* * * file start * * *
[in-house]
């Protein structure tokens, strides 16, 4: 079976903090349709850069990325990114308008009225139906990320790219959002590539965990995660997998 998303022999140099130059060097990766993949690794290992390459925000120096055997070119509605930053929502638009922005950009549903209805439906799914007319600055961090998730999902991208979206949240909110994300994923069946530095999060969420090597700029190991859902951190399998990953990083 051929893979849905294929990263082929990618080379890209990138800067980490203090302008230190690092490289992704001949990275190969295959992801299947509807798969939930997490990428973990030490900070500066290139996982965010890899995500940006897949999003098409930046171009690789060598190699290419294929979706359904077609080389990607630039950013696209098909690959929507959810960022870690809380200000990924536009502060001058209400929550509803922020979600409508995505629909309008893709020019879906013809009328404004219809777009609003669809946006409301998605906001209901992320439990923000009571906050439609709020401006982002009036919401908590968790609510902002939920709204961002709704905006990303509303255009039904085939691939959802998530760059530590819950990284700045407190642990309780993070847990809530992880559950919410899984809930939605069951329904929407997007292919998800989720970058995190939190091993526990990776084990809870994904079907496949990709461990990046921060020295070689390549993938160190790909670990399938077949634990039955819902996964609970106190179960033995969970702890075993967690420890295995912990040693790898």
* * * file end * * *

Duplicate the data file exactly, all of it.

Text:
[in-house]
């Protein structure tokens, strides 16, 4: 079976903090349709850069990325990114308008009225139906990320790219959002590539965990995660997998 998303022999140099130059060097990766993949690794290992390459925000120096055997070119509605930053929502638009922005950009549903209805439906799914007319600055961090998730999902991208979206949240909110994300994923069946530095999060969420090597700029190991859902951190399998990953990083 051929893979849905294929990263082929990618080379890209990138800067980490203090302008230190690092490289992704001949990275190969295959992801299947509807798969939930997490990428973990030490900070500066290139996982965010890899995500940006897949999003098409930046171009690789060598190699290419294929979706359904077609080389990607630039950013696209098909690959929507959810960022870690809380200000990924536009502060001058209400929550509803922020979600409508995505629909309008893709020019879906013809009328404004219809777009609003669809946006409301998605906001209901992320439990923000009571906050439609709020401006982002009036919401908590968790609510902002939920709204961002709704905006990303509303255009039904085939691939959802998530760059530590819950990284700045407190642990309780993070847990809530992880559950919410899984809930939605069951329904929407997007292919998800989720970058995190939190091993526990990776084990809870994904079907496949990709461990990046921060020295070689390549993938160190790909670990399938077949634990039955819902996964609970106190179960033995969970702890075993967690420890295995912990040693790898």